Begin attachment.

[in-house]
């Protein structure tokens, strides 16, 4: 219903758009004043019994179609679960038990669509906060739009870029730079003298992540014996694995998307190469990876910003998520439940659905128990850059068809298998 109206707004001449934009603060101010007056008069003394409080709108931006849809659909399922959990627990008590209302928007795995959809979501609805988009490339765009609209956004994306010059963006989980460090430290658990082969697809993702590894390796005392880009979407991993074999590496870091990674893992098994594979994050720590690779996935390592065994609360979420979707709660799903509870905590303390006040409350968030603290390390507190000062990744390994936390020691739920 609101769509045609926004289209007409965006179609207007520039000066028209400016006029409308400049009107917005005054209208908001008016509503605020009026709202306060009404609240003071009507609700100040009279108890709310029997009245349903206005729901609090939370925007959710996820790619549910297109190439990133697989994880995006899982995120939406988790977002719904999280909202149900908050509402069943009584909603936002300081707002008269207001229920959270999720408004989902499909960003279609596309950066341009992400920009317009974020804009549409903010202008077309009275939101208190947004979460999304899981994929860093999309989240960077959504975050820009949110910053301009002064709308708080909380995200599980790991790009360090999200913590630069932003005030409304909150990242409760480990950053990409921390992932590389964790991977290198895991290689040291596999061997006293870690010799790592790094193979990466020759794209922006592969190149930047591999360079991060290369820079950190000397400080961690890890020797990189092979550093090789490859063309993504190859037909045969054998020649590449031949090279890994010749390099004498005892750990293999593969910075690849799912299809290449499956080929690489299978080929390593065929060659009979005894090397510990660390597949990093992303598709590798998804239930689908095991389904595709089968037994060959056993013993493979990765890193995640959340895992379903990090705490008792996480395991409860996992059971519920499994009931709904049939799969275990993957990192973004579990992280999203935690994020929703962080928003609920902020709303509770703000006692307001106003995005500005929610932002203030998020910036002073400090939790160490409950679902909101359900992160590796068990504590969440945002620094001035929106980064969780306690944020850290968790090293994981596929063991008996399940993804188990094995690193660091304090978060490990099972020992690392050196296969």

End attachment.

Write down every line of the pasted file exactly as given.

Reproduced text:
[in-house]
């Protein structure tokens, strides 16, 4: 219903758009004043019994179609679960038990669509906060739009870029730079003298992540014996694995998307190469990876910003998520439940659905128990850059068809298998 109206707004001449934009603060101010007056008069003394409080709108931006849809659909399922959990627990008590209302928007795995959809979501609805988009490339765009609209956004994306010059963006989980460090430290658990082969697809993702590894390796005392880009979407991993074999590496870091990674893992098994594979994050720590690779996935390592065994609360979420979707709660799903509870905590303390006040409350968030603290390390507190000062990744390994936390020691739920 609101769509045609926004289209007409965006179609207007520039000066028209400016006029409308400049009107917005005054209208908001008016509503605020009026709202306060009404609240003071009507609700100040009279108890709310029997009245349903206005729901609090939370925007959710996820790619549910297109190439990133697989994880995006899982995120939406988790977002719904999280909202149900908050509402069943009584909603936002300081707002008269207001229920959270999720408004989902499909960003279609596309950066341009992400920009317009974020804009549409903010202008077309009275939101208190947004979460999304899981994929860093999309989240960077959504975050820009949110910053301009002064709308708080909380995200599980790991790009360090999200913590630069932003005030409304909150990242409760480990950053990409921390992932590389964790991977290198895991290689040291596999061997006293870690010799790592790094193979990466020759794209922006592969190149930047591999360079991060290369820079950190000397400080961690890890020797990189092979550093090789490859063309993504190859037909045969054998020649590449031949090279890994010749390099004498005892750990293999593969910075690849799912299809290449499956080929690489299978080929390593065929060659009979005894090397510990660390597949990093992303598709590798998804239930689908095991389904595709089968037994060959056993013993493979990765890193995640959340895992379903990090705490008792996480395991409860996992059971519920499994009931709904049939799969275990993957990192973004579990992280999203935690994020929703962080928003609920902020709303509770703000006692307001106003995005500005929610932002203030998020910036002073400090939790160490409950679902909101359900992160590796068990504590969440945002620094001035929106980064969780306690944020850290968790090293994981596929063991008996399940993804188990094995690193660091304090978060490990099972020992690392050196296969």